I really don’t think you could be any more wrong.
@rrwwss52 a long time ago in a galaxy far far away… there were some great stations on sirius or xm or both the best being the one that had Vin Scelsa’s “IDIOTS DELIGHT” if you are too young to recognize him google him/the fordham univ FM station/WNEW/Alison Steele the night bird/Pete Fornatale “mixed bag” on same stations(the commercials are hysterical if you can get whole episodes on some of his podcasts)–it was all ‘free form’ FM and great whole album plays-- Vin was on the night Lennon was assassinated–we studying for finals in med school in Guadalajara heard him announce it(on short wave we were able to get NYC stations sometimes) we packed our books went home not saying a word–that broadcast is on a podcast somewhere.
I started with Sirius around 2004 -2011, and dropped it for a few years. I restarted it in 2019. I enjoy having it at the right pricing. I’ll check out Vin. Should be some stuff to be found via online archive.
I bought mine the other day after ARC came out. I had been doing the yearly subscription.
I agree it might not be the most cost effective due to things changing before I break even.
I purchased the lifetime to show support. I’m very happy with ARC.
I bought Roon Lifetime at launch day and have used it on and off since then.
At the time and even today, I have not seen any music software that equals it.
I haven’t ever regretted buying Roon Lifetime for a second.
I bought my lifetime subscription in January 2016 for 499. That was a lot of money considering the features that roon had 6 years ago.
I appreciate that version 2.0 and ARC are included in this lifetime subscription. Many other companies would have sold the ARC app as a separate product with an extra price tag.
If you are convinced of a product and you want that it is maintained and improved, a lifetime subscription helps to finance this.
My money is on the idea that ARC will be the death of the lifetime subscription.
ARC is opening Roon up to a whole new audience - people that only listen to music on their phone - and not through any kind of home stereo. That audience is not going to be used to the kind of cash many of the home-hifi-posessing Roon users are used to shelling out for their hobby. And if we thought Roon expensive before, the only-listen-to-music-on-the-phone folks are likely to think Roon is crazy expensive. Not to mention having to buy (or dedicate) something to run a Core. So to capture more of that huge market, with the advent of ARC, Roon’s going to be under pressure to drop prices. But it’s hard to drop prices if you have a lifetime license.
Think about it. If the monthly cost of Roon means you have to use if for 4.5 years to break even on a lifetime license, what are people going to say if they buy a lifetime license, and then Roon cuts the monthly price in half? They’ll be screaming mad.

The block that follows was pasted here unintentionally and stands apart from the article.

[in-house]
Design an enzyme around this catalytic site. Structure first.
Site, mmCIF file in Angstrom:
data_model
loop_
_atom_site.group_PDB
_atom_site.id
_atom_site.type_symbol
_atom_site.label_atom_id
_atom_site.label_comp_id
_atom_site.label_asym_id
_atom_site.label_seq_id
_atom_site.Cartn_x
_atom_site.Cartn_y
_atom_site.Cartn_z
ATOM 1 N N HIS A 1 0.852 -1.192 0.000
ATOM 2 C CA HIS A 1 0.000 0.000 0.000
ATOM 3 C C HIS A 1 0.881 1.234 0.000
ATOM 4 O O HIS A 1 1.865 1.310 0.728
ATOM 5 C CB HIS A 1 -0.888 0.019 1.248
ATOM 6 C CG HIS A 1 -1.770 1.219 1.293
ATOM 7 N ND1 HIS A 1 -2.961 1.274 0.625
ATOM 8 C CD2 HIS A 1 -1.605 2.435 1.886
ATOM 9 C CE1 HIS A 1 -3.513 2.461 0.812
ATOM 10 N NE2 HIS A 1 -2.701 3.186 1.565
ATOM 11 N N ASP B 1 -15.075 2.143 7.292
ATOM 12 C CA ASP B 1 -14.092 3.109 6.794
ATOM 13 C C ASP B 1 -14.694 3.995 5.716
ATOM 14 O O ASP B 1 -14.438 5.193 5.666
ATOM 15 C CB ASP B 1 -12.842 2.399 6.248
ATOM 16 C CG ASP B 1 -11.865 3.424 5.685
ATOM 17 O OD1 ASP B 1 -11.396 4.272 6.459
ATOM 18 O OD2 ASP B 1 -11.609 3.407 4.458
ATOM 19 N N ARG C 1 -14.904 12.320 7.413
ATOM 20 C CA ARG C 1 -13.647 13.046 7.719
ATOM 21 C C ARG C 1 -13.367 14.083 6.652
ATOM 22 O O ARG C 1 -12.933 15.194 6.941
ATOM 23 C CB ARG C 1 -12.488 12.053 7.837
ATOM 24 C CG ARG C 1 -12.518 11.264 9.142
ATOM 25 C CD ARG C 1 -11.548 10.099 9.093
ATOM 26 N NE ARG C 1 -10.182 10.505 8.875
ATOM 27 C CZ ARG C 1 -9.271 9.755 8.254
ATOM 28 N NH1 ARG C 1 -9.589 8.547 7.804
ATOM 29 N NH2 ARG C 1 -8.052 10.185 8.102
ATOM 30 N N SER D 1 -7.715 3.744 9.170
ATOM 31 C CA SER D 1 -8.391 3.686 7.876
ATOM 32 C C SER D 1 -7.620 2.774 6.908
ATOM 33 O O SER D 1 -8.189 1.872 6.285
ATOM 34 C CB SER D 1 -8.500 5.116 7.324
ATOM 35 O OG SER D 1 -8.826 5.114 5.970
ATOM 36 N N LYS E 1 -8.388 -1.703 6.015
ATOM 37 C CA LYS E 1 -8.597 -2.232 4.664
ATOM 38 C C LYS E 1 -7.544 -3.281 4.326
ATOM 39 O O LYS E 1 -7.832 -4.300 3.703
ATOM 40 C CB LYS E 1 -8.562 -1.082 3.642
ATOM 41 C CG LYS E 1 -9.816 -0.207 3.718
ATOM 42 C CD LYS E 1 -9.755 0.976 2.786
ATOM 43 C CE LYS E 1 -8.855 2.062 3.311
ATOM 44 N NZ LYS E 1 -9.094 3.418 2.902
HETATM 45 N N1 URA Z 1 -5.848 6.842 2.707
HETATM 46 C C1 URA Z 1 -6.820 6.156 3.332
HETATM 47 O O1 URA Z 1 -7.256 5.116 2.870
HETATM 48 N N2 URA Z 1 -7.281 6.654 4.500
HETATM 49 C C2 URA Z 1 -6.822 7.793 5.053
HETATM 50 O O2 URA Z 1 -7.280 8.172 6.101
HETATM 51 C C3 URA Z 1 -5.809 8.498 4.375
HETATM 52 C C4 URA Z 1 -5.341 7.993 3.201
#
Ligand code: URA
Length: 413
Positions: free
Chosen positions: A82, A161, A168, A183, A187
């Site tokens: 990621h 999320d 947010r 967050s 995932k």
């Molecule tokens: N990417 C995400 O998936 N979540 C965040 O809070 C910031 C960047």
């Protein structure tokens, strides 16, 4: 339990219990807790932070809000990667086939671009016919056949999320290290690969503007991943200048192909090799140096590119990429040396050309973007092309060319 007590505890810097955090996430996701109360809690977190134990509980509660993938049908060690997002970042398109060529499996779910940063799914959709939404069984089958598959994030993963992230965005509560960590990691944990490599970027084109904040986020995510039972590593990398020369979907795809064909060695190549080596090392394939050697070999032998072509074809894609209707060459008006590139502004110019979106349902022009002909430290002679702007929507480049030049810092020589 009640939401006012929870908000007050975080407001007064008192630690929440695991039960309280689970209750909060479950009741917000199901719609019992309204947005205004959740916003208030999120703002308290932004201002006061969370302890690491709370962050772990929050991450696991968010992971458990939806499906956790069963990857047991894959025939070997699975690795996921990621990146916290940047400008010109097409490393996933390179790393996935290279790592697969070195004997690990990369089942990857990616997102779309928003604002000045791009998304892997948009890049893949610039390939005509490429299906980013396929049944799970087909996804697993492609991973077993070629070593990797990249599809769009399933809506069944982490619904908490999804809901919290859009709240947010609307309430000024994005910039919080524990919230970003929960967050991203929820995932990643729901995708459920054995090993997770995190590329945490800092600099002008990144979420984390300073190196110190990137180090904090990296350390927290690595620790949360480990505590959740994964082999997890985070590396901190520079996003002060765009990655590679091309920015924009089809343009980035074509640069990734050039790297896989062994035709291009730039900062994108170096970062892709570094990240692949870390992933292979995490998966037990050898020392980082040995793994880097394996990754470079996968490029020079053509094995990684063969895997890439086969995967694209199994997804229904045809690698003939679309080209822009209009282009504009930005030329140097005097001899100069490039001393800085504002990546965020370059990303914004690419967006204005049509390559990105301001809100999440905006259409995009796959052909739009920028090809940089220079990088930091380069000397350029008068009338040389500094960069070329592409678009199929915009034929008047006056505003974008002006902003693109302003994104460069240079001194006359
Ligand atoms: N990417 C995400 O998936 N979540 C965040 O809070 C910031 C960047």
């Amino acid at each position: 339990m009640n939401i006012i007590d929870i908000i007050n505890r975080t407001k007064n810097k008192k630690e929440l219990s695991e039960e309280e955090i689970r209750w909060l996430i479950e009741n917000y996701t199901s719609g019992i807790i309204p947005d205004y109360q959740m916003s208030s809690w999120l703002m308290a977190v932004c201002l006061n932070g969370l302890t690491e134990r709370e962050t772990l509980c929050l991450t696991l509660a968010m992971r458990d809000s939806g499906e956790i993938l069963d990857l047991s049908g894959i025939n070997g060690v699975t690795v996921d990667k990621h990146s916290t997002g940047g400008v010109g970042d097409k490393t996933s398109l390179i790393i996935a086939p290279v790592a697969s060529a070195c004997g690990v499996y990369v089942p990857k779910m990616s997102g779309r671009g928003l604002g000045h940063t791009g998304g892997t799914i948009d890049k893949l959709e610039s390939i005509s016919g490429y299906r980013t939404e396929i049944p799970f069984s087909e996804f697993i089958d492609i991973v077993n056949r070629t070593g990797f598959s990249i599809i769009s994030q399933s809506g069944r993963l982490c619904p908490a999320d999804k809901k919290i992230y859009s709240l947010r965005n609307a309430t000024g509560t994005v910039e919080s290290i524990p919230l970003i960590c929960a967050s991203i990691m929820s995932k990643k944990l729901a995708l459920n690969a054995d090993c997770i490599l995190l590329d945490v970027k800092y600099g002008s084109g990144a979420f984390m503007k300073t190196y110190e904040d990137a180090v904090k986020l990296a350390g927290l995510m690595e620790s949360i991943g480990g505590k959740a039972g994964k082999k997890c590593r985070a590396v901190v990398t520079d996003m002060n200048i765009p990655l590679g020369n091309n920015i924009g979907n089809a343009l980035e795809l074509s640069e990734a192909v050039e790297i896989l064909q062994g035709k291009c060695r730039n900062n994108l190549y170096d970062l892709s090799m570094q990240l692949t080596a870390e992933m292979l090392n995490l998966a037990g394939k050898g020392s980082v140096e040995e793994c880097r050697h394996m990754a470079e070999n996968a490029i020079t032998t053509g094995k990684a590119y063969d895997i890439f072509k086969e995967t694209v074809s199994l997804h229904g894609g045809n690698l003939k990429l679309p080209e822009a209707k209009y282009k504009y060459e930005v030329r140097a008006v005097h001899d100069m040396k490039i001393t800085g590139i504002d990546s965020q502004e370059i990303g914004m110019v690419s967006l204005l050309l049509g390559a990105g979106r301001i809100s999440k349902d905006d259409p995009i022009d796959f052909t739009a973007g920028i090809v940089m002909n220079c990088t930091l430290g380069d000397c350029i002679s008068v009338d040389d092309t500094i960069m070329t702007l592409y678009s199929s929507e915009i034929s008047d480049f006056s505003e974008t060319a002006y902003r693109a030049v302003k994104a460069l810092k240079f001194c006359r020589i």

IF Roon wants to capture the Only Listen To Music On Their Phone market, they’ll be under pressure to reduce prices.
IF they reduce prices, they’ll anger recent lifetime purchasers.
So any decision to reduce prices by Roon may well be preceded by Roon ending the lifetime license.
That’s one way it could play out, anyway.
All I can say is Touche’! I am a lifer because I did the same math.
That’s a gamble one makes. Considering how much many audiophiles spend on gear, $700 is not that much
I got my lifetime membership for $499 in Jan 2019, so I’m pretty close to break even.
I was thinking the same. Think of your Roon as a piece of equipment. A lifetime subscription doesn’t look that bad.
Not sure I buy your argument. We live in a recession. Everything is getting more expensive, not less. I doubt Roon reduces prices anytime soon.
Also, I am not sure Roon s able to get into the market of young people that stream over their phones. Most of them uses Spotify. Why would they invest in Roon and pay double per month? For people to buy Roon because of ArC, they must be seriously into music and they’d want the extra bio information etc. we will see if ARC itself can increase the paying customers for Roon considerably. I think Roon remote is still the main product, ARC is just a nice to have.
The higher the flexibility (to back off), the higher the price: 700$/lifetime, 120$/year, 13$/month.
So 1 year is convenient if you plan to stay longer than 9 months (=120/13). Likewise, a lifetime is convenient if you plan to stay longer than 6years (=700/120).
Notwithstanding the fact that with lifetime you lock-in the price, which saves you more money in case you expect the price to increase.
I immediately started with lifetime after the trial period and paid 500$ (the price of a lifetime license back then).
Do I expect to stay with Roon longer than 6 years?
Yes I do for essentially 2 reasons:
I love it
the non negligible time needed to change software and customize it to my preferences (tagging, plays count…).
I’m on board with Roon and therefore lifetime license is from my perspective a no brainer.
I just pulled 30 years out of the hat…not something I committed to memory.
I would recommend to most people this…
Trial > couple months > one year > lifetime.
I did Trial > one year > lifetime. That was before the monthly plan and I only stayed on annual for one month before switching to lifetime. It was a no brainer for me.
Marian, you have no leverage with Roon. Similarly, you have no leverage with General Motors, Verizon, Apple, or Microsoft.
Your leverage is buy/use their product or not.
I think you do. A subscription is a vote, and it needs to be renewable to work. Granted, there are people who think voting doesn’t matter either.
Something you noticed on another thread perhaps?
Yes, if “thread” means “discussion” in general…
I did the same. Of course Lifetime was cheaper then, so the break even time was shorter (I’m well past it now).